‘ This burden on the Government is particularly heavy in cases where the individual is under arrest. Non-resistance to the orders or suggestions of the police is not infrequent in such a situation; true consent, free of fear or pressure, is not so readily to be found. United States v. Novero, D.C., 58 F.Supp. 275; United States v. McCunn, D.C.S.D.N.Y. 1930, 40 F.2d 295. In fact, the circumstances of the defendant's plight may be such as to make any claim of actual consent ‘ not in accordance with human experience’, and explainable only on the basis of ‘ physical or moral compulsion’ . Ray v. United States, 5 Cir., 84 F.2d 654, 656.' See also on ‘ consent’ to search, Nelson v. United States, 1953, 93 U.S.App.D.C. 14, 208 F.2d 505, certiorari denied 346 U.S. 827, 74 S.Ct. 48, 98 L.Ed. 352.
The Government also questions the standing of the accused to object to the evidence where he disclaims any ownership or right to possession of the articles seized and denies any proprietary interest or right to possession of the garage in which the narcotics were found. The federal courts have denied the benefit of the exclusionary rule to those not the victims of the unconstitutional search and seizure, and Rule 41(e) of the Federal Rules of Criminal Procedure, which the Advisory Committee tells us, 18 U.S.C.A. note to Sec. 41(e), ‘ is a restatement of existing law and practice’, states that it is the ‘ person aggrieved’ by an unlawful search and seizure who may move to suppress the evidence so obtained.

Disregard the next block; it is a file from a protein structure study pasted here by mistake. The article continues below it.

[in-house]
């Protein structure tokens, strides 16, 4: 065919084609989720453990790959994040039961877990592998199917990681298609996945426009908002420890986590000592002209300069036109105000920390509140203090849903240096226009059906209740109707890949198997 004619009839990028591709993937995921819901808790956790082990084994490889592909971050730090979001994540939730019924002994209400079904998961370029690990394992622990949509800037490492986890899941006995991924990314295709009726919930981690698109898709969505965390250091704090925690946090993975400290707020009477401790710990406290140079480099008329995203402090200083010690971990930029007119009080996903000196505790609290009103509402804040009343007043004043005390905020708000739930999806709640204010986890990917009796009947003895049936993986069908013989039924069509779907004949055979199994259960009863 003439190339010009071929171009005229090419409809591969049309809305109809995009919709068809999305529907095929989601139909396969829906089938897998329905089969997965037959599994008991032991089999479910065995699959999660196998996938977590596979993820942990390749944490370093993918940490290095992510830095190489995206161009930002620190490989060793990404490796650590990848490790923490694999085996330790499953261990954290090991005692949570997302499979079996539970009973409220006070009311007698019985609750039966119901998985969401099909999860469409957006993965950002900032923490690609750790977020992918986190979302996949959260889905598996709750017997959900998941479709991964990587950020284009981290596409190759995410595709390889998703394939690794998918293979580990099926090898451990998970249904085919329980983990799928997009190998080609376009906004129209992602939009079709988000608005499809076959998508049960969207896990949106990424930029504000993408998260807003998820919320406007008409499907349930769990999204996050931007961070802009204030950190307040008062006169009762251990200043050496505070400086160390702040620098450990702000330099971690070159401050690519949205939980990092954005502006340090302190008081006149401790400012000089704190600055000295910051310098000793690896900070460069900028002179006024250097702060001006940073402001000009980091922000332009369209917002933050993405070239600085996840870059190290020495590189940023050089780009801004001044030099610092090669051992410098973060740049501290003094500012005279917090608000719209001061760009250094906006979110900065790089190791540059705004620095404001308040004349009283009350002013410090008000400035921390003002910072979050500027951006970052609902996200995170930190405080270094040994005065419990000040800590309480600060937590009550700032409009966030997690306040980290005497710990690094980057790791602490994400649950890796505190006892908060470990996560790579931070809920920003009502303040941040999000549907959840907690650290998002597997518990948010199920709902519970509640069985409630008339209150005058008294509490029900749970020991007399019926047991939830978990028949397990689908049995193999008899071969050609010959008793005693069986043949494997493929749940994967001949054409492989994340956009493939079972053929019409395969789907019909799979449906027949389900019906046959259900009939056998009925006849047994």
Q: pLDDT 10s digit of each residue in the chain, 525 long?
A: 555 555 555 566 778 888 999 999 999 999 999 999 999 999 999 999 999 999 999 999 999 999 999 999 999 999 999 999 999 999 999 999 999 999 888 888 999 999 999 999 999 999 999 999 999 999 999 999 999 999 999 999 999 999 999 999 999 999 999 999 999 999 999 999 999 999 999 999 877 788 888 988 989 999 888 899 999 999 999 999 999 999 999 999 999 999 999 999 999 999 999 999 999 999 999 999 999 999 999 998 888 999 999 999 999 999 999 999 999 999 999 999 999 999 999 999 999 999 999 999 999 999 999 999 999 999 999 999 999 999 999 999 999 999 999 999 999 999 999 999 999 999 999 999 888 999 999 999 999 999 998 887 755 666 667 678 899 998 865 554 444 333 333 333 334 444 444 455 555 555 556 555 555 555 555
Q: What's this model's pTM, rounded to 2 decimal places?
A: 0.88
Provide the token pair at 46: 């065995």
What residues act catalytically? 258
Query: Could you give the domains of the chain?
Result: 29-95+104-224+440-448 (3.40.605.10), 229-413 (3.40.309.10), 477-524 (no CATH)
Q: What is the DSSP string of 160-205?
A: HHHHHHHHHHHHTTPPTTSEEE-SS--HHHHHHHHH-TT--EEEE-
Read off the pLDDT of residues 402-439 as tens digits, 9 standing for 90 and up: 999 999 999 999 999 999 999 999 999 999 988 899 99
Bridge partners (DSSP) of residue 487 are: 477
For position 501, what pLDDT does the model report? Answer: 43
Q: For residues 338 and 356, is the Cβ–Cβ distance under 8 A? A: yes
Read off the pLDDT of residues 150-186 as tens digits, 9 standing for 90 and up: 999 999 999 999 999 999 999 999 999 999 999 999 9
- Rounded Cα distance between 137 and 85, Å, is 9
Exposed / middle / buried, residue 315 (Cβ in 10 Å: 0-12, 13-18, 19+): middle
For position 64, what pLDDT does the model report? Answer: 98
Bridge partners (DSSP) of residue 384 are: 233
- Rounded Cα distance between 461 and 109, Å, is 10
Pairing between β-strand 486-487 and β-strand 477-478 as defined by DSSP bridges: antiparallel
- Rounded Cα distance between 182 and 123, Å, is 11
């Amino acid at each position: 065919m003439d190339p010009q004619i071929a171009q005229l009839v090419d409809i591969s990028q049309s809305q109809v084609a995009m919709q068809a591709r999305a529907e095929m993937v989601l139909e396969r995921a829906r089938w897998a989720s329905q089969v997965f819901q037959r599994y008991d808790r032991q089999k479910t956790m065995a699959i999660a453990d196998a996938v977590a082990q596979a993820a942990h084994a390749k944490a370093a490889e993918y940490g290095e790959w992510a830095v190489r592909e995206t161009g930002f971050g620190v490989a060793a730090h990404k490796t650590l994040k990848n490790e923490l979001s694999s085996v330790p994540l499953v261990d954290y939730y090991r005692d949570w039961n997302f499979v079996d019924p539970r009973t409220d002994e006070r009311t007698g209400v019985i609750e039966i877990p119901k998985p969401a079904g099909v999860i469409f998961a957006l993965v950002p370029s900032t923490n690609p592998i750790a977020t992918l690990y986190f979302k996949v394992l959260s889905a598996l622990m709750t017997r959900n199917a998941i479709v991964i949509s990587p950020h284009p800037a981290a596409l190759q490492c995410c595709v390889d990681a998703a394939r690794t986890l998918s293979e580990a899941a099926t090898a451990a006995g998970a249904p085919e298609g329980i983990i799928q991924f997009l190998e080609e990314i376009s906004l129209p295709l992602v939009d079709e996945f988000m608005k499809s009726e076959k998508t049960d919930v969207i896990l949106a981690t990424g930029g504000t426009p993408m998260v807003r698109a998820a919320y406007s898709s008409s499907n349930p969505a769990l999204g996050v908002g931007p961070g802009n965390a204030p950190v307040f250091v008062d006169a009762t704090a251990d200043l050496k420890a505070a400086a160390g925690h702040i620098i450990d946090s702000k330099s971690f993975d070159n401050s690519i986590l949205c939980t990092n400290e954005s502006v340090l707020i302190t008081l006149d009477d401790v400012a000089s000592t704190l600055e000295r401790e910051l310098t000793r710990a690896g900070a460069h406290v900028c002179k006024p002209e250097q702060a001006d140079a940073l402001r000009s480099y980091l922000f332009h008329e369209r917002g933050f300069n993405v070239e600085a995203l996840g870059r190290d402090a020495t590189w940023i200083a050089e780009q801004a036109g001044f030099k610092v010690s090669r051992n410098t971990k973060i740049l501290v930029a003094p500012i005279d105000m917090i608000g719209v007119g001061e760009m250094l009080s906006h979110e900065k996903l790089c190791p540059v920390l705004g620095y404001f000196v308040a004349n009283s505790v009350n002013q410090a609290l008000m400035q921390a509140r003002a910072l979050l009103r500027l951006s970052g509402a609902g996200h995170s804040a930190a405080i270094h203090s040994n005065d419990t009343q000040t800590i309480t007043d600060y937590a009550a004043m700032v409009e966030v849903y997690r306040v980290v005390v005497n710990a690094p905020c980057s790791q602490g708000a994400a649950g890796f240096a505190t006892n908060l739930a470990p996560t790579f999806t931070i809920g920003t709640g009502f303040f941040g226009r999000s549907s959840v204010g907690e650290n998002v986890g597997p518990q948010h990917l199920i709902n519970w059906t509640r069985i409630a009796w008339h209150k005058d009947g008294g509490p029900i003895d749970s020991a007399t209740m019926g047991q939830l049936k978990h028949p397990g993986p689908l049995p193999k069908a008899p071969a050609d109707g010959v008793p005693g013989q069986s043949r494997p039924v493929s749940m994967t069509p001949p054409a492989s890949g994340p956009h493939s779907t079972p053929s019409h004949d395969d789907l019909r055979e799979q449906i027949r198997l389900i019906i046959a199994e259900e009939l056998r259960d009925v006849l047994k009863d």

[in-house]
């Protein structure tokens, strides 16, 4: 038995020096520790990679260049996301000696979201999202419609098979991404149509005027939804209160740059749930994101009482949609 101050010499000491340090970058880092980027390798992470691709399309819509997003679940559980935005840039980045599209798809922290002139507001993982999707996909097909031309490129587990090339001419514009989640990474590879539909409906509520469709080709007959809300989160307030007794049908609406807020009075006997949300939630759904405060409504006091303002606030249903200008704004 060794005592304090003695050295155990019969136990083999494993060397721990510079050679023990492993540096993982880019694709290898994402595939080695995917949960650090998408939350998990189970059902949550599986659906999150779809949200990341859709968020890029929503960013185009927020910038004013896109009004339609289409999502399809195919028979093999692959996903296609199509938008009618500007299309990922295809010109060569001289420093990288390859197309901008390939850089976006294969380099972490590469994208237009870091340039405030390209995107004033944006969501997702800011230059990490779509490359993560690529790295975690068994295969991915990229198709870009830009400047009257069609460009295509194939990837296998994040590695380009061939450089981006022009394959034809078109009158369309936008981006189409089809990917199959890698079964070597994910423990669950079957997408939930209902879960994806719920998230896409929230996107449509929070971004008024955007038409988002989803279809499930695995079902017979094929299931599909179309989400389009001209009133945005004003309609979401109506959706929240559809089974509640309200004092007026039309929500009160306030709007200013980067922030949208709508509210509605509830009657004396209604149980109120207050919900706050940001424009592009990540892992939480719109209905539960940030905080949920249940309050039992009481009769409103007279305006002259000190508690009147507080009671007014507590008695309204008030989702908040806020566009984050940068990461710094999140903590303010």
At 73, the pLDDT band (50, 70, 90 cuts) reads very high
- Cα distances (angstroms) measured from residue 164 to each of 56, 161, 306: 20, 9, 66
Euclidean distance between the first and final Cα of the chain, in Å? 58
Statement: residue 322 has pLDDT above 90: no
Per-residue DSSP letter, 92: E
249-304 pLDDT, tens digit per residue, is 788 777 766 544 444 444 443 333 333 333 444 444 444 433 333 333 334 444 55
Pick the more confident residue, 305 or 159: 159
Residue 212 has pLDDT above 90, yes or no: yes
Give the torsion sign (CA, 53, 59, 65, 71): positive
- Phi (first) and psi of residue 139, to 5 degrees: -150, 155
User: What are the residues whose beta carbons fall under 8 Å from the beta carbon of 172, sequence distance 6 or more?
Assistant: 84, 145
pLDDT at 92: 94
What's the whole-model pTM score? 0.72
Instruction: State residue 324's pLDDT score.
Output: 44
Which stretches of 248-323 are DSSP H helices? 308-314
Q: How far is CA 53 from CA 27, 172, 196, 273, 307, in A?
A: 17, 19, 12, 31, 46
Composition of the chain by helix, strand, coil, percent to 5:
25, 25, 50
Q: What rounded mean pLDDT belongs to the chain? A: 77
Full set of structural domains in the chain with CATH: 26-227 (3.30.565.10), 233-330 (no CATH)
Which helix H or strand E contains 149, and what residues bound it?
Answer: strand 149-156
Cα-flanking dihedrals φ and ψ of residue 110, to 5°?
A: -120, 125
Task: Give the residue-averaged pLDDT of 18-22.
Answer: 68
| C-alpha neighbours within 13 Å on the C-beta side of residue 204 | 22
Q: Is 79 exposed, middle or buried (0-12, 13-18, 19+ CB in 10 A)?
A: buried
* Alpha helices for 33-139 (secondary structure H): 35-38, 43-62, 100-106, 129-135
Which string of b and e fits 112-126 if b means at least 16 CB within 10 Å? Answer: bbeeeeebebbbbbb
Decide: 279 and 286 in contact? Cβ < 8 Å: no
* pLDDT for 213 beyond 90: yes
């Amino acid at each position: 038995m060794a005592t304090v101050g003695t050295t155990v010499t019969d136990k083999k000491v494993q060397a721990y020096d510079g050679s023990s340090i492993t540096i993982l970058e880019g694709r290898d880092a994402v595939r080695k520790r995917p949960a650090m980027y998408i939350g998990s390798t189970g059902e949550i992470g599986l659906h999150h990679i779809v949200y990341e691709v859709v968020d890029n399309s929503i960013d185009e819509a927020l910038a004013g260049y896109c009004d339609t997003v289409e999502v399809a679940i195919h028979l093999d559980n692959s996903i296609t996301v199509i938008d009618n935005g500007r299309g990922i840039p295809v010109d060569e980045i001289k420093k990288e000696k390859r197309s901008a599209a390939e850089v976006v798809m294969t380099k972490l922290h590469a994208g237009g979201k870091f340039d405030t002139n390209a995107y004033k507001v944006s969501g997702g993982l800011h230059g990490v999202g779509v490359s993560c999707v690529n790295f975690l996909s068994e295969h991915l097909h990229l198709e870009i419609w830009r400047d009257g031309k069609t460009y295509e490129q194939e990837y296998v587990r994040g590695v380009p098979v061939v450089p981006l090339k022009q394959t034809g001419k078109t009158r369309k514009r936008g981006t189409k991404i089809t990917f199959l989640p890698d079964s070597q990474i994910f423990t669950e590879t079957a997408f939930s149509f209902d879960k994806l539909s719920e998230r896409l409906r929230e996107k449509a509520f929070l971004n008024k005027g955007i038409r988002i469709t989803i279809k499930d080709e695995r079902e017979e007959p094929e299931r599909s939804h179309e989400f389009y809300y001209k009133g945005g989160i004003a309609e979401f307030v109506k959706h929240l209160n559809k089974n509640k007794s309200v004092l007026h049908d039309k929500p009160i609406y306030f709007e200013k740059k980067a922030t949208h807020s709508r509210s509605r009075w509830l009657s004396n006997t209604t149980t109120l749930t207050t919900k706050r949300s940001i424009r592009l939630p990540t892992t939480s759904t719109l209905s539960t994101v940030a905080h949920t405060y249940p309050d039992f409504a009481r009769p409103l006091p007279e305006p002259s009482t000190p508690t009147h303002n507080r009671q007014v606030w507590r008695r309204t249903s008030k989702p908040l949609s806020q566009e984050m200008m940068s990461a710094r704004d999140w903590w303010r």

One has the requisite standing as a ‘ person aggrieved’ if he claims ownership of the seized property though the premises searched belonged to another. United States v. Jeffers, 1951, 342 U.S. 48, 72 S.Ct. 93, 96 L.Ed. 59. When the premises searched were those of the defendant he has the requisite standing. McDonald v. United States, 335 U.S. 451, 69 S.Ct. 191, 93 L.Ed. 153; Johnson v. United States, 333 U.S. 10, 68 S.Ct. 367, 92 L.Ed. 436; Harris v. United States, supra. Nor is it necessary that the accused claim an interest in the property seized if he has an interest in the premises searched. United States v. Blok, 1951, 88 U.S.App.D.C. 326, 188 F.2d 1019.
In the instant case the apartment where the garage key was found under the rug was the home of the accused. The search of the apartment being unlawful, the seized key which unlocked the door to the garage where the narcotics were found should have been suppressed.
A more troublesome question is whether the contraband narcotics should be suppressed. The garage where the narcotics were found was not attached in any way to the defendant's apartment. If a garage is so situated that it can be held to constitute a part of a person's dwelling, in the absence of a lawful arrest, a search warrant is necessary. Taylor v. United States, 286 U.S. 1, 52 S.Ct. 466, 76 L.Ed. 951 (garage adjacent to residence); Temperani v. United States, 9 Cir., 1924, 299 F. 365 (garage underneath a one-story dwelling). It has been held in this circuit that where a garage is detached from the residential structure no warrant is necessary. Carney v. United States, 9 Cir., 1947, 163 F.2d 784. If the only search involved was that of the garage, it is doubtful that it could be deemed unlawful, and if it were unlawful, the defendant would not have standing to suppress the evidence as he disclaimed any interest in the premises searched or in the articles seized.